Pirates on the radar in 2008On 05/30/2019 by admin
At the end of the year, the pirates were still holding about 17 vessels, and about 300 crew members.
The upsurge in piracy in 2008 prompted the European Union\’s first-ever naval operation, to protect ships delivering aid to Somalia, and civilian vessels carrying other goods through the region.
And late in December, China announced it was also sending navy ships to help police waters off Somalia.
It marked a significant break with tradition, with the modern Chinese navy until now focusing entirely on the defence of China\’s coastal waters.
Vice Minister for Foreign Affairs He Yafei said the problem had become too serious to ignore.
“Piracy off the coast of Somalia has become increasingly rampant, and it is now an international menace, posing a grave threat to international navigation, maritime trade, and security at sea. China is also one of its victims. So far this year, a total of six vessels registered in or rented by China have been hijacked in the waters off Somalia. This has aroused utmost concern from the Chinese government and the general public.” he said, speaking through an interpreter.
As well, in mid-December the United NationsSecurity Council unanimously adopted a resolution authorising international land operations against Somali pirates.
British Foreign Secretary David Milliband welcomed the resolution, though he indicated Britain would not quick to act on it.
“This is an important additional tool to combat those who plan, facilitate or undertake acts of piracy from the territory of Somalia. The UK considers that any use of force must be both necessary and proportionate,” Mr Milliband said.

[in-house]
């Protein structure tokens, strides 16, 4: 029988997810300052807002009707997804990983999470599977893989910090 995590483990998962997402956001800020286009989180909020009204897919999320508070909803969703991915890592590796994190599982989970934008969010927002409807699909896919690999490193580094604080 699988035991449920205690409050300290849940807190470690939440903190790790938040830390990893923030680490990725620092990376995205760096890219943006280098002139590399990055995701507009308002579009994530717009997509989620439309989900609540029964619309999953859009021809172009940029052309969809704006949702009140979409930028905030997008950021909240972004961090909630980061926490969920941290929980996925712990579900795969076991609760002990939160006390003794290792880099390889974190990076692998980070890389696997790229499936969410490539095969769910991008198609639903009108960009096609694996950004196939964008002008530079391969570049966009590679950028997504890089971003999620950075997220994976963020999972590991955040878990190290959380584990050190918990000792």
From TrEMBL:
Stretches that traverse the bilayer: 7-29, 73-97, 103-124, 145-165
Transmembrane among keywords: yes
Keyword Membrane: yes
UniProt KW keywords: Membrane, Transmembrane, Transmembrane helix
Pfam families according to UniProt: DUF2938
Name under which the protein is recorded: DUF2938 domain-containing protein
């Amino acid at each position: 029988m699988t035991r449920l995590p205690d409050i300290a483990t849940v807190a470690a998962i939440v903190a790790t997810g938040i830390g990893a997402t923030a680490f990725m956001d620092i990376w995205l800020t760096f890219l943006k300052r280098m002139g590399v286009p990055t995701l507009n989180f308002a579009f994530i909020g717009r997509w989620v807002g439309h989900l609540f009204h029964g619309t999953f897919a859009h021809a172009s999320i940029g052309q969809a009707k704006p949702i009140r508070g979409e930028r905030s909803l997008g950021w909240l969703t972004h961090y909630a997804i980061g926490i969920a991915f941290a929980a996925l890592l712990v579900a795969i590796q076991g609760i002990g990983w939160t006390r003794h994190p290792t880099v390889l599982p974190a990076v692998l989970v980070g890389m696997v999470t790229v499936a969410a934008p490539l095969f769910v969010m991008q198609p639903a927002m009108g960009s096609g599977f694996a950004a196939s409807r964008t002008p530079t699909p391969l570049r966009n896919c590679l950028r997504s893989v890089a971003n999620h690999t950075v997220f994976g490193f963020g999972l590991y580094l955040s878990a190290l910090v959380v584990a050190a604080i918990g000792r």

Sudan\’s Permanent Representative to the United Nations, Abdalmahmood Mohamad, was less enthusiastic about the new Security Council resolution.
He said action was also needed to strengthen political institutions in Somalia, which has been without a functioning central government since 1991.
“Some forces may take advantage of this resolution to stay there, in this very sensitive and volatile region. After all, we would like the Security Council to address the root causes of the issue or the problem in Somalia because piracy is just a symptom of a malaise, of a disease. This is why I think efforts should be mobilised to ensure that root causes are addressed, and the political process is enhanced in Somalia,” he said.
U-N Secretary-General Ban Ki-Moon also welcomed international efforts to combat Somali pirates.
But he warned that the problem could not be divorced from the need to bring a comprehensive peace in Somalia.
“We must be mindful that piracy is a symptom of the state of anarchy which has persisted in that country for over 17 years. Our anti-piracy efforts must be placed in the context of a comprehensive approach which fosters an inclusive peace process in Somalia and assists the parties to rebuild security, governance capacity, address human rights issues and harness economic opportunities throughout the country,” he said.
At year\’s end, Somalia\’s Western-backed transitional government controlled only parts of the country, and it appeared that it could be on the brink of collapse.
The transitional government\’s Foreign Minister, Ali Ahmed Jama, said it condemned the piracy, but it needed international help to tackle the problem.
“These acts of piracy are categorically unacceptable and should be put to an end. But Somalia has no capacity to interdict or patrol its long coastline to ensure the security of the sea lanes, but we have indeed co-operated with the international community in the fight against piracy and we will continue to do so fully now, and in the future.”